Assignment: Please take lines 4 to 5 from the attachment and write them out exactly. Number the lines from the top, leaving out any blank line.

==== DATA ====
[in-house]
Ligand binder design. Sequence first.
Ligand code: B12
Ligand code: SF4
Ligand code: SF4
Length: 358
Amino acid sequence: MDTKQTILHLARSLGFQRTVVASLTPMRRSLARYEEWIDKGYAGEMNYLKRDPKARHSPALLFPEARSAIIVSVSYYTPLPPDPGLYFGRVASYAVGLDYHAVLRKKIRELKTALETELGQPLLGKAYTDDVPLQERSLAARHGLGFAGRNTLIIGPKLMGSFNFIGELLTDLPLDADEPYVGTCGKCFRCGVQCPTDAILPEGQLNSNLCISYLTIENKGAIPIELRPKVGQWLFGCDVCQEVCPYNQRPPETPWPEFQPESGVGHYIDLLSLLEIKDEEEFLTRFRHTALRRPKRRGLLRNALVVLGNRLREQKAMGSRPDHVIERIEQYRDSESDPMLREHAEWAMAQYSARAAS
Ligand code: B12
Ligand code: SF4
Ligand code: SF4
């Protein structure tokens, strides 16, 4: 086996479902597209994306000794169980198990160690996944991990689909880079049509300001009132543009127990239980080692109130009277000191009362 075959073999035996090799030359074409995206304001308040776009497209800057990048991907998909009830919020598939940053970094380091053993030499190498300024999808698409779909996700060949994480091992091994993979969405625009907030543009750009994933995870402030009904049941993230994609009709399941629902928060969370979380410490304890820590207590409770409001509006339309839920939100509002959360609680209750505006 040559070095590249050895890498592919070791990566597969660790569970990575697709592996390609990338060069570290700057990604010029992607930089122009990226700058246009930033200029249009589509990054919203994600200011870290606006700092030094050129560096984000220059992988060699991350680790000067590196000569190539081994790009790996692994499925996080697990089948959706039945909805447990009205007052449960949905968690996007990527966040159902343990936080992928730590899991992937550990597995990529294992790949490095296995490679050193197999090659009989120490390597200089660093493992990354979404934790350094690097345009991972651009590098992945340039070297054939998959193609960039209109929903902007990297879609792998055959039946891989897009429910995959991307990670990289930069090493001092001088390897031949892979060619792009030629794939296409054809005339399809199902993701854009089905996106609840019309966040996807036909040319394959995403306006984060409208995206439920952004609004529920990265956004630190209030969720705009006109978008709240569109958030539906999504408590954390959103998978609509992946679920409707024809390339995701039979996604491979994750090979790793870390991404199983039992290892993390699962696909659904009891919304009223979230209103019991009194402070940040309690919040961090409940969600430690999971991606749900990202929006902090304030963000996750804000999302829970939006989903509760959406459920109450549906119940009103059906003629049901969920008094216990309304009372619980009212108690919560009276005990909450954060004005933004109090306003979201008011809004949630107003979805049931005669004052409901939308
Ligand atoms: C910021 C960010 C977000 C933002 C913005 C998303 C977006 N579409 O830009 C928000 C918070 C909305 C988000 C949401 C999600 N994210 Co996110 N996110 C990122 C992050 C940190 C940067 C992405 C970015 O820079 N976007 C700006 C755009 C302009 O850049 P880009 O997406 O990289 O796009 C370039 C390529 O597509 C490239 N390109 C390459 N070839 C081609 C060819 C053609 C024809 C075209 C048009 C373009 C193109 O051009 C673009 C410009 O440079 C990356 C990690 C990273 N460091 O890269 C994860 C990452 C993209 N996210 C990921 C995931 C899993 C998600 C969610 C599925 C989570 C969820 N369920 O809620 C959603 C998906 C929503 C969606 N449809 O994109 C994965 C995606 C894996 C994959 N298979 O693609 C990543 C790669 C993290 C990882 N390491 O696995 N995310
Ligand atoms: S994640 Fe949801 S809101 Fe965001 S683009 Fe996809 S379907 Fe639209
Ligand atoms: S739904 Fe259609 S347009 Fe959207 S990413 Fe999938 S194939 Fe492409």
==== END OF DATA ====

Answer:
Ligand code: SF4
Ligand code: SF4